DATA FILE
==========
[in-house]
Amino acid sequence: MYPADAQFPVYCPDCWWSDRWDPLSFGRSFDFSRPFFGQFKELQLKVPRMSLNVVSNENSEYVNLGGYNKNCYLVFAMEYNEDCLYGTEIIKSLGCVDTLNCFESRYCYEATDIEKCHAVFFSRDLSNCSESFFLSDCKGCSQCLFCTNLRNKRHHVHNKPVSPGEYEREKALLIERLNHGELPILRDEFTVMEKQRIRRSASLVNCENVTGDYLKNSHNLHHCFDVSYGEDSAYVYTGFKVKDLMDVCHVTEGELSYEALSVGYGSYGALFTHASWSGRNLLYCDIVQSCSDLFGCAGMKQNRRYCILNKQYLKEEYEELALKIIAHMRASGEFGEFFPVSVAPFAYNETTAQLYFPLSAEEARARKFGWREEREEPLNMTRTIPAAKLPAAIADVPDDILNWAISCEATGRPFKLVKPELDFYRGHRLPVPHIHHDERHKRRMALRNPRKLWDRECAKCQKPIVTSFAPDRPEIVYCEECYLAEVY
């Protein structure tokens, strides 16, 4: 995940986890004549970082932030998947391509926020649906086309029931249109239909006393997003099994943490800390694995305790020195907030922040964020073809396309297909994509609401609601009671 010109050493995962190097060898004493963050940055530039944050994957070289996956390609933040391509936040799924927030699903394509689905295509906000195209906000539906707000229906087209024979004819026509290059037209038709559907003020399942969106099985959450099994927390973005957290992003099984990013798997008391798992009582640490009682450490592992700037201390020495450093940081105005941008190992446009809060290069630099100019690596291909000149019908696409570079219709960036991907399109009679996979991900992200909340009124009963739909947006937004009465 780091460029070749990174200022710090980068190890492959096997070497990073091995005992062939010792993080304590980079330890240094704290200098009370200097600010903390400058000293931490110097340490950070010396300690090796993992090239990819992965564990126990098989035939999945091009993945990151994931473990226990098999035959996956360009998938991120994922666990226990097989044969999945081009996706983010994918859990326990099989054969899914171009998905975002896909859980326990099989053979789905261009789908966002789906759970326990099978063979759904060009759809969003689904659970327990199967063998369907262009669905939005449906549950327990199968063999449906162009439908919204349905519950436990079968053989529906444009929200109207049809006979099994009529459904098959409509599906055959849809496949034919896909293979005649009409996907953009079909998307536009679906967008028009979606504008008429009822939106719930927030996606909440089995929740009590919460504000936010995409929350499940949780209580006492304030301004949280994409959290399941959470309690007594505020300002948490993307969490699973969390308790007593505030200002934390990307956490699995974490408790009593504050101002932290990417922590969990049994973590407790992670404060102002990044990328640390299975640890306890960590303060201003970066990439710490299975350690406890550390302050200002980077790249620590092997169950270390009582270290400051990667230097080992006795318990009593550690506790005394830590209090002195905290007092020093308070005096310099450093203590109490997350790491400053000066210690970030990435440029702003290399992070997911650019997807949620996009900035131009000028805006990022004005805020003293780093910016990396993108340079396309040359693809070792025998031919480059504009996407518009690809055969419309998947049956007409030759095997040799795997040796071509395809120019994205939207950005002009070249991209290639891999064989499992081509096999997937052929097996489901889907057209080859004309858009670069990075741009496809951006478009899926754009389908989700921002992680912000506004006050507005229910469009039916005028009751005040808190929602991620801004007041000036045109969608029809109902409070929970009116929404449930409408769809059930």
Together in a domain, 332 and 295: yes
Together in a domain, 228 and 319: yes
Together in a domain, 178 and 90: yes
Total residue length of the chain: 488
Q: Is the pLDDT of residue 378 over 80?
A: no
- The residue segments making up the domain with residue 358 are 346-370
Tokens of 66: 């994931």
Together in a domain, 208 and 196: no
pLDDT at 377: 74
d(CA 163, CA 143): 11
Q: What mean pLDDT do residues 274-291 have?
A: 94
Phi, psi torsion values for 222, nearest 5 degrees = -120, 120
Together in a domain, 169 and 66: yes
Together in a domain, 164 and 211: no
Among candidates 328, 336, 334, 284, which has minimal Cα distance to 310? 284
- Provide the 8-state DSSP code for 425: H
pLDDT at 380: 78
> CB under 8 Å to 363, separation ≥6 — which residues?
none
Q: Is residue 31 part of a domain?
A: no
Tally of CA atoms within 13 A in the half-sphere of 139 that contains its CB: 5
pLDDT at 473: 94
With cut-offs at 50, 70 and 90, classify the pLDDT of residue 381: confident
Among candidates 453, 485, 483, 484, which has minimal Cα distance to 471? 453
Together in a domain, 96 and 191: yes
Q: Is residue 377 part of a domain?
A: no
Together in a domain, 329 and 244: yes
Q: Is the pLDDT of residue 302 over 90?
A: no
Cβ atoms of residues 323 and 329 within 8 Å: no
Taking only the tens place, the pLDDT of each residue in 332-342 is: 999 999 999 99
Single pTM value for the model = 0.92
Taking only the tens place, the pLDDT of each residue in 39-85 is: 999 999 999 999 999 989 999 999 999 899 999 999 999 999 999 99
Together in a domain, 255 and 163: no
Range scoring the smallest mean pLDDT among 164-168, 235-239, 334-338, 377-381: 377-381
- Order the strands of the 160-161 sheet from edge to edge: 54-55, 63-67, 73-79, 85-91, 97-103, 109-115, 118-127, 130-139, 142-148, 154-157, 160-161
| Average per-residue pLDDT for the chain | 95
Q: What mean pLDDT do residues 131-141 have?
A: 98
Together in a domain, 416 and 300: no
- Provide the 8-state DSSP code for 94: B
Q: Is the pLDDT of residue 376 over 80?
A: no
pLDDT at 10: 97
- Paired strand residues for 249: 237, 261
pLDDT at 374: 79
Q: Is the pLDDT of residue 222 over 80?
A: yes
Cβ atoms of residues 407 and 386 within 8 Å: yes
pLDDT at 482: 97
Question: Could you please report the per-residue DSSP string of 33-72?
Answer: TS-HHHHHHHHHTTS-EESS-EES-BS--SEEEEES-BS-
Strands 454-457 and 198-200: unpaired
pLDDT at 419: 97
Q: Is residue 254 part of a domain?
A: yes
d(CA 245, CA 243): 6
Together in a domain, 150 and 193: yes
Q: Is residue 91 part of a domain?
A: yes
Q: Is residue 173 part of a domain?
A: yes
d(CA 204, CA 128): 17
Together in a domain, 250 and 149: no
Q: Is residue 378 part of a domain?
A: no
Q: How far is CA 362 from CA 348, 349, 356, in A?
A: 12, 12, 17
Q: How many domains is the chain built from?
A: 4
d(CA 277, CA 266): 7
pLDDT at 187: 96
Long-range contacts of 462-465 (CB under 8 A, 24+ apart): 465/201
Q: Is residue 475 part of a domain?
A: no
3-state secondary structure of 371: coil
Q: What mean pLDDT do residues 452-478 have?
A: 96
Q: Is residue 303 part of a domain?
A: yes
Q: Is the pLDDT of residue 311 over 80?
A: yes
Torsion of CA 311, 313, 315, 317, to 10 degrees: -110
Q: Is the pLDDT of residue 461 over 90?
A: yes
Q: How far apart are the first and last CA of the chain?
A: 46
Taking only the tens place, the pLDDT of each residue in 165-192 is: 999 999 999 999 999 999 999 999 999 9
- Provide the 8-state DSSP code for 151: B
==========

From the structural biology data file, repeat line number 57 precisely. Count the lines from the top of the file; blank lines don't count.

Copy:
pLDDT at 482: 97